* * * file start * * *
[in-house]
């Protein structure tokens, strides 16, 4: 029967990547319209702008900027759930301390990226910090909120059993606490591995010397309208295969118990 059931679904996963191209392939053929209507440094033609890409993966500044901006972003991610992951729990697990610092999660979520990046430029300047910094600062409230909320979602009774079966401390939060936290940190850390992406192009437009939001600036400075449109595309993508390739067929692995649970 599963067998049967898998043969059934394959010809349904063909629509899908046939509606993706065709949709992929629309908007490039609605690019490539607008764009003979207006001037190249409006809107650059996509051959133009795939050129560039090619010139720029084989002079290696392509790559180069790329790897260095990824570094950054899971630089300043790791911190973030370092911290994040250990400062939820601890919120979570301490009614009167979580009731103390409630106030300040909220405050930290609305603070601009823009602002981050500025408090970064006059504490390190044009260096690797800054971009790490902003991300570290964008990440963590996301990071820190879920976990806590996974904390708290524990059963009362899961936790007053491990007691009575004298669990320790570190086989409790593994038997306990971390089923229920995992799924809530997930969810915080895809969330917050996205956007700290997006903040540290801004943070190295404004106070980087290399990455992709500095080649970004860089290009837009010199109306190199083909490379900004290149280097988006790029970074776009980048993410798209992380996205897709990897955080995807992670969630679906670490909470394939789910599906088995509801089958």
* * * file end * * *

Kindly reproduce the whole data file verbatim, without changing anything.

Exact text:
[in-house]
């Protein structure tokens, strides 16, 4: 029967990547319209702008900027759930301390990226910090909120059993606490591995010397309208295969118990 059931679904996963191209392939053929209507440094033609890409993966500044901006972003991610992951729990697990610092999660979520990046430029300047910094600062409230909320979602009774079966401390939060936290940190850390992406192009437009939001600036400075449109595309993508390739067929692995649970 599963067998049967898998043969059934394959010809349904063909629509899908046939509606993706065709949709992929629309908007490039609605690019490539607008764009003979207006001037190249409006809107650059996509051959133009795939050129560039090619010139720029084989002079290696392509790559180069790329790897260095990824570094950054899971630089300043790791911190973030370092911290994040250990400062939820601890919120979570301490009614009167979580009731103390409630106030300040909220405050930290609305603070601009823009602002981050500025408090970064006059504490390190044009260096690797800054971009790490902003991300570290964008990440963590996301990071820190879920976990806590996974904390708290524990059963009362899961936790007053491990007691009575004298669990320790570190086989409790593994038997306990971390089923229920995992799924809530997930969810915080895809969330917050996205956007700290997006903040540290801004943070190295404004106070980087290399990455992709500095080649970004860089290009837009010199109306190199083909490379900004290149280097988006790029970074776009980048993410798209992380996205897709990897955080995807992670969630679906670490909470394939789910599906088995509801089958």